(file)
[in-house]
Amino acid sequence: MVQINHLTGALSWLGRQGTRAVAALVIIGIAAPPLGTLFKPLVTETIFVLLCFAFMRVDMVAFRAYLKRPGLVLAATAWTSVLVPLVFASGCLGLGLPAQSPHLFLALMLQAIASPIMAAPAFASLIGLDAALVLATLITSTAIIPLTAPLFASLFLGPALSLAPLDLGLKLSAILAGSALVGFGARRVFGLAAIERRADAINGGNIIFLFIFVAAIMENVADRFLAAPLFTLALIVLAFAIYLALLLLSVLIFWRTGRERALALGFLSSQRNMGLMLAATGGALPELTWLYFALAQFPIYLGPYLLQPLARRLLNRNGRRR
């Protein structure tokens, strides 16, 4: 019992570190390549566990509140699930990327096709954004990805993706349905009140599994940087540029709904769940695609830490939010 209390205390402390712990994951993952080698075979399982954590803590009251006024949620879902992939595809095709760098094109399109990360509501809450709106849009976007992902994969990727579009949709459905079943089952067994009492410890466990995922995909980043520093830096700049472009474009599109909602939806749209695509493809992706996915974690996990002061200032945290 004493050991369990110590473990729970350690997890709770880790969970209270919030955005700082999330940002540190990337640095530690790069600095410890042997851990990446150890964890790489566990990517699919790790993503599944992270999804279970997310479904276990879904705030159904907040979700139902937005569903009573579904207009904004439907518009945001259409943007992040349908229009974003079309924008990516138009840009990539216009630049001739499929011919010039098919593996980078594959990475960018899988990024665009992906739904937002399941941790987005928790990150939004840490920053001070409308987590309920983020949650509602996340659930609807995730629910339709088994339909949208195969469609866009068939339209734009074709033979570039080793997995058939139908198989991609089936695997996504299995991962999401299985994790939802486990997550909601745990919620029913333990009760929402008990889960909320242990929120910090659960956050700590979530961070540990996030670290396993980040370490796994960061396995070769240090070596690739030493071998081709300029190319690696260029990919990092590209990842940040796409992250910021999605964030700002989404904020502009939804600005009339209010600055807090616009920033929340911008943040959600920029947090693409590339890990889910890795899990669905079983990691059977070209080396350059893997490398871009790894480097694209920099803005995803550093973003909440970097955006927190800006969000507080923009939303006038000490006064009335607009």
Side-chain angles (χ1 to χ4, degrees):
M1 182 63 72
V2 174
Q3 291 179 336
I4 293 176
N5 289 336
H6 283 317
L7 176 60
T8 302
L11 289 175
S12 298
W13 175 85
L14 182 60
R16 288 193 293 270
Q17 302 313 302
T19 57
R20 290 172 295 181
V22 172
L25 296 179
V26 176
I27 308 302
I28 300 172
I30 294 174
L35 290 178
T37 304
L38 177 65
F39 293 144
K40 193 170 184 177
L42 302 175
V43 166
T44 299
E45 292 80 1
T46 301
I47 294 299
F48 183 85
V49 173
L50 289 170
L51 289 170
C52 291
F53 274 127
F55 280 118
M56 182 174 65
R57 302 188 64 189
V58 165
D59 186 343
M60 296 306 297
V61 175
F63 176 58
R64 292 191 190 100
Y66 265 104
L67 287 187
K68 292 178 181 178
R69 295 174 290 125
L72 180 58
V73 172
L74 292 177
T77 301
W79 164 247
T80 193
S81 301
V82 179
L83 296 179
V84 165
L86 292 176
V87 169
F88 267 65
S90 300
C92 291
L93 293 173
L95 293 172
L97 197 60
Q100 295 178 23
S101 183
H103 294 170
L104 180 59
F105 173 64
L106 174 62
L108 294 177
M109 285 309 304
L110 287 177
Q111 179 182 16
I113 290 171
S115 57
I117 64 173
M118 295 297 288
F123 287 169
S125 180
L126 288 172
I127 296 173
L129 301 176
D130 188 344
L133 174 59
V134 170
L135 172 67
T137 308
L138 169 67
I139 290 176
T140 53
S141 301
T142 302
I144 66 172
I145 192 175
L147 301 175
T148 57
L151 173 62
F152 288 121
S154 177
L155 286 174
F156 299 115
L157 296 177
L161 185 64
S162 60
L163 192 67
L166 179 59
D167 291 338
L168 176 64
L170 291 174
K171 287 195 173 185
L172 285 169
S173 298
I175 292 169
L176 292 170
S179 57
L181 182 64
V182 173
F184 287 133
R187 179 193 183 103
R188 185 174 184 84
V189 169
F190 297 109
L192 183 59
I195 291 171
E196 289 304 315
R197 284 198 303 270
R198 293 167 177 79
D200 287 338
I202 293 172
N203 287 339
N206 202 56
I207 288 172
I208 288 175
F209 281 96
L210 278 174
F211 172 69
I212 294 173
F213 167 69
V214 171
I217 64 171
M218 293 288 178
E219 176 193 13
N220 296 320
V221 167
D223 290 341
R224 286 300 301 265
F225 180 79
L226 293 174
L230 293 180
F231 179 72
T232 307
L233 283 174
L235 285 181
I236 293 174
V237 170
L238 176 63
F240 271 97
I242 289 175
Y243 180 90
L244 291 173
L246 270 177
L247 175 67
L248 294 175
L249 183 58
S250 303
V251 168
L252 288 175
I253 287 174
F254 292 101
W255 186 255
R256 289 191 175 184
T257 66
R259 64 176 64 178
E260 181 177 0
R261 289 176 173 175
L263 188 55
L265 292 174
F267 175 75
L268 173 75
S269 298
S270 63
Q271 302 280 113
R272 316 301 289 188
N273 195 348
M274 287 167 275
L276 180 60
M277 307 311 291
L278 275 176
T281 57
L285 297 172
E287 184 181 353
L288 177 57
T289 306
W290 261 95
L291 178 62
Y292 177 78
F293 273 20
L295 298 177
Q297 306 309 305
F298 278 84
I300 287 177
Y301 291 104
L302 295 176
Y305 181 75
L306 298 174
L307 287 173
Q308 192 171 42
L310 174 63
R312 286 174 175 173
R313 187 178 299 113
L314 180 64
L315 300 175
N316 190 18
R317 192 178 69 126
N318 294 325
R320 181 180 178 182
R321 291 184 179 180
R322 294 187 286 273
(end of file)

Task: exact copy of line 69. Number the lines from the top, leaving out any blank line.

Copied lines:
F88 267 65